The journey to acceptance to the right MBA program for you will undoubtedly take awhile. You have to start with the GMAT, then figure out your schools, then map out your strategy, and put together all the apps, then sit back and wait till you get your answers…
And for some people, that process has to be repeated. It can add up to a lot of time. This is not atypical, and if you end up in that boat, don’t feel bad about it.
Often the jagged journey is just because you haven’t yet found the right fit of the best MBA program to who you are and what you want to do. Other times it’s because there’s room for improvement in the profile, and getting rejected is frequently the motivating factor that can help someone decide to finally make those improvements.
Sometimes people actually are successful in their apps – but getting into one program makes them realize that it’s not the program that they want to go to.
Another common issue? You’re trying before it’s time.
We have a story today about a BSer for whom most of this was true – someone who, with time, ended up in a most excellent place.
You are probably aware that many top MBA programs want to see significant work experience in order to be confident that you’re ready for the challenges and the rigors of the MBA curriculum. Not only do they want to make sure you’re not in over your head in the very difficult grad school environment, but they also want to ensure that everyone in the class is able to contribute to their peers. This comes from having some decent work experience, being out in the world in a professional capacity where you’ve done stuff.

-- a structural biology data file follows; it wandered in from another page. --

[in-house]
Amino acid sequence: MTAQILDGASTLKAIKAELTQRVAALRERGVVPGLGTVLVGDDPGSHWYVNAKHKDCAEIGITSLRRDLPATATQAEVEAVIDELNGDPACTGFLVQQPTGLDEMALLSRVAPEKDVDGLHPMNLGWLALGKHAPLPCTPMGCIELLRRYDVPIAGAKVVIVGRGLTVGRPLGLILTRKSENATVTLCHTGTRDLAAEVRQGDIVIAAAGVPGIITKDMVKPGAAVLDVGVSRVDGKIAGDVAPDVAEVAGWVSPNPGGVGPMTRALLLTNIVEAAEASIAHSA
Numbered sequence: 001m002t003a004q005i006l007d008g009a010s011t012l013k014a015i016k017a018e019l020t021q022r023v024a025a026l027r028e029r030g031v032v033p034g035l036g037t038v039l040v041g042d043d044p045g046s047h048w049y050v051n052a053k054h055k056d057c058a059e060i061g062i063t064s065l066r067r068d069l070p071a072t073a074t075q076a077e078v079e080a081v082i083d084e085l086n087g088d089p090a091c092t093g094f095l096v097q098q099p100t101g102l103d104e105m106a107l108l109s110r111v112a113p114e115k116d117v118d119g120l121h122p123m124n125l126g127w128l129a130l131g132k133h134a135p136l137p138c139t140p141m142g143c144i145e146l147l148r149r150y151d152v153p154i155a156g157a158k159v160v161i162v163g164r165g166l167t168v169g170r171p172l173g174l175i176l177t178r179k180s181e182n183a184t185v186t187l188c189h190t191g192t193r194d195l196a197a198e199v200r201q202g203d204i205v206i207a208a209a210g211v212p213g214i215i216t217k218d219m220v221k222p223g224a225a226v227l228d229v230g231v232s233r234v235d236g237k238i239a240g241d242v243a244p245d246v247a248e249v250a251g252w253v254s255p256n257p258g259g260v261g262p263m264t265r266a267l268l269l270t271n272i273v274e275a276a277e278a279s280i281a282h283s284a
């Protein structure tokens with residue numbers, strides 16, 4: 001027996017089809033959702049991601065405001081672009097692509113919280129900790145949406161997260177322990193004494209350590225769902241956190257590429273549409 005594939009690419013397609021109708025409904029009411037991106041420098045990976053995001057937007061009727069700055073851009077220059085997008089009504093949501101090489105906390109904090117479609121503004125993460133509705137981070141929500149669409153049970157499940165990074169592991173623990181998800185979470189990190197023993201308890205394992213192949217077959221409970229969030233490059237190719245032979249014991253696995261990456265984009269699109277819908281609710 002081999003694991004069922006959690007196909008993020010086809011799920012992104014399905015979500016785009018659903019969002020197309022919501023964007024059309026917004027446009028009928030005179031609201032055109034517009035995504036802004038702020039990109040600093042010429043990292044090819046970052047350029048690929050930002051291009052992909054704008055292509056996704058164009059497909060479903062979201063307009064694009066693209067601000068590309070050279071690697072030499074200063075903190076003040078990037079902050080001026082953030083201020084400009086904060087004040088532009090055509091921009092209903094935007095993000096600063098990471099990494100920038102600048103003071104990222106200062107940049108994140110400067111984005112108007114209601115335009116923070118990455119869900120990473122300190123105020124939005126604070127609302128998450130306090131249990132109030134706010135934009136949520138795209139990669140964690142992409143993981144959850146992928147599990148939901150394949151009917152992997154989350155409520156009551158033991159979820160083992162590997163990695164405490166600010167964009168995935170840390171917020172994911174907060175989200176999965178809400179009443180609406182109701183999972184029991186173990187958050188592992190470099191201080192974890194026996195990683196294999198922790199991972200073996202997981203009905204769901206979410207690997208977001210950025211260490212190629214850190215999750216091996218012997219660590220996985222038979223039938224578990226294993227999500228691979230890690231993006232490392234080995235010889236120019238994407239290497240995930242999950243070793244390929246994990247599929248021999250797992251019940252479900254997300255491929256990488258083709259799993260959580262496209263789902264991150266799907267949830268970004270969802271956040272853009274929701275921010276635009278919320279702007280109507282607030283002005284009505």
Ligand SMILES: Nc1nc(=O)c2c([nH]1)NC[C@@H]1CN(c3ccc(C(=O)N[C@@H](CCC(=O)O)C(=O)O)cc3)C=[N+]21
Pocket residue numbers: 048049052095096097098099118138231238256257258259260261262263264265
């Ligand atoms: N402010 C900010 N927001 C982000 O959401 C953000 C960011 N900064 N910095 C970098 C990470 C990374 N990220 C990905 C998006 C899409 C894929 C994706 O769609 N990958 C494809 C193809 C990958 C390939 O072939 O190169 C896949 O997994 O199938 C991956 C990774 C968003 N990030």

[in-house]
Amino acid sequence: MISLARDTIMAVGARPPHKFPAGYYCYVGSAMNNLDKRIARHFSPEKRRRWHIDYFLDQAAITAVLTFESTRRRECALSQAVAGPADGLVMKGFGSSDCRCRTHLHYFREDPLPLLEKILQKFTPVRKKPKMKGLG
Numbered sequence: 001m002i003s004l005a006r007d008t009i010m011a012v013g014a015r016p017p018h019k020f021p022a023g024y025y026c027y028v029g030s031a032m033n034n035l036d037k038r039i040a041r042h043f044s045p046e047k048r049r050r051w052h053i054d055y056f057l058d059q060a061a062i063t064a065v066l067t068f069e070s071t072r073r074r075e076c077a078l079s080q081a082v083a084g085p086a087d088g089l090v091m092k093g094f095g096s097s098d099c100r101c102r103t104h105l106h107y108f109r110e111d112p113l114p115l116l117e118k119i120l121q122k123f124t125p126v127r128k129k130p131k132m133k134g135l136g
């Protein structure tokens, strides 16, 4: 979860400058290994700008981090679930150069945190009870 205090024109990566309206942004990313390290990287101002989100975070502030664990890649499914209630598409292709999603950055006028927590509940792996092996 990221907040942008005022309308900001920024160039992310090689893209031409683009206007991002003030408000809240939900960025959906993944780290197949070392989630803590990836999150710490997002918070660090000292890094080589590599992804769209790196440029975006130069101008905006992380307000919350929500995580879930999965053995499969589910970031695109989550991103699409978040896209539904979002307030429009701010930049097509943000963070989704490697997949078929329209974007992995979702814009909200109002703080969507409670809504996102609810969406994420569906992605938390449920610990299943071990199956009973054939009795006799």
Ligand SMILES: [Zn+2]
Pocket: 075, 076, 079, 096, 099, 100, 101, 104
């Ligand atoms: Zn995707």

Sometimes, when someone is too young, and not showing quite enough experience that’s compelling or notable, then the schools will reject for that reason alone.
This BSer first approached us for help on their apps way back in 2012 (writing that does make it seem like forever ago). They got our take on their situation with our Comprehensive Profile Review (a great place to begin for anyone, regardless of when you’re planning on applying). This person had a solid GMAT score, above-average academics from a very good university, and a smattering of interesting extracurriculars and community service to round out the profile. The only glitch? They were barely two years out of college, with not much of a work history to speak of yet, and a bit of a hodgepodge set of nontraditional jobs. Our profile write-up mostly told them how this was going to be a factor but, with the right set of essays, they possibly could have a shot, based on some strengths that we were seeing. One question they asked at the time was:
I’m applying to all schools in Round 2 because I’d like more experience in my new job first. Does this strategy make sense?
We responded that actually no, applying in Round 1 is very advantageous, particularly given the schools that they were targeting. Three months more experience in a new job is not really going to move the needle, in most cases. It shouldn’t matter TOO much if you’re a hot-to-trot candidate; the schools accept lots of Round 2ers, too. But for anyone who’s going for the best of the best, we really truly do encourage you to get those apps in for Round 1 if possible.
And then they disappeared on us.
No worries, it happens. Lots of Brave Supplicants come to us for that initial profile review and then we never hear from them again. We always hope that that means they were empowered to pursue their MBA dreams on their own and were able to be successful with that one dose of input.
In this case, the BSer in question did indeed resurface… a long time later.
Check back for Part 2 of the story to see how this one ended up.